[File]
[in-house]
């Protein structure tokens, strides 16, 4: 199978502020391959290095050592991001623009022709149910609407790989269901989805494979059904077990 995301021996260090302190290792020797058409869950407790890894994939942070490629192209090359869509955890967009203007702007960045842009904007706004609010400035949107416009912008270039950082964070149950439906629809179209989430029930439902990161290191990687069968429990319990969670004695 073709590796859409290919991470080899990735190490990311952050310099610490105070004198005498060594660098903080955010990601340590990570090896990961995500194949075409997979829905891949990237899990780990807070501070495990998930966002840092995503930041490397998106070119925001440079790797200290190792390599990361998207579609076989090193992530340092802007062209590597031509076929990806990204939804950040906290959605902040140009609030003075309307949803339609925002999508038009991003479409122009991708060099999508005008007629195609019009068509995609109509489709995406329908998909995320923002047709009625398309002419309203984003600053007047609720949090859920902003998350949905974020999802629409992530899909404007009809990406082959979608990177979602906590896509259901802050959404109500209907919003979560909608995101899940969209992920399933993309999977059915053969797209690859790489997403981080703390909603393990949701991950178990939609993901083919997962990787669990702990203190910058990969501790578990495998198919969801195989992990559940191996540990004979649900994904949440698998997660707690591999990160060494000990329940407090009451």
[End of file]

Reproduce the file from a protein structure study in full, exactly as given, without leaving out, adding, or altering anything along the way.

[in-house]
């Protein structure tokens, strides 16, 4: 199978502020391959290095050592991001623009022709149910609407790989269901989805494979059904077990 995301021996260090302190290792020797058409869950407790890894994939942070490629192209090359869509955890967009203007702007960045842009904007706004609010400035949107416009912008270039950082964070149950439906629809179209989430029930439902990161290191990687069968429990319990969670004695 073709590796859409290919991470080899990735190490990311952050310099610490105070004198005498060594660098903080955010990601340590990570090896990961995500194949075409997979829905891949990237899990780990807070501070495990998930966002840092995503930041490397998106070119925001440079790797200290190792390599990361998207579609076989090193992530340092802007062209590597031509076929990806990204939804950040906290959605902040140009609030003075309307949803339609925002999508038009991003479409122009991708060099999508005008007629195609019009068509995609109509489709995406329908998909995320923002047709009625398309002419309203984003600053007047609720949090859920902003998350949905974020999802629409992530899909404007009809990406082959979608990177979602906590896509259901802050959404109500209907919003979560909608995101899940969209992920399933993309999977059915053969797209690859790489997403981080703390909603393990949701991950178990939609993901083919997962990787669990702990203190910058990969501790578990495998198919969801195989992990559940191996540990004979649900994904949440698998997660707690591999990160060494000990329940407090009451």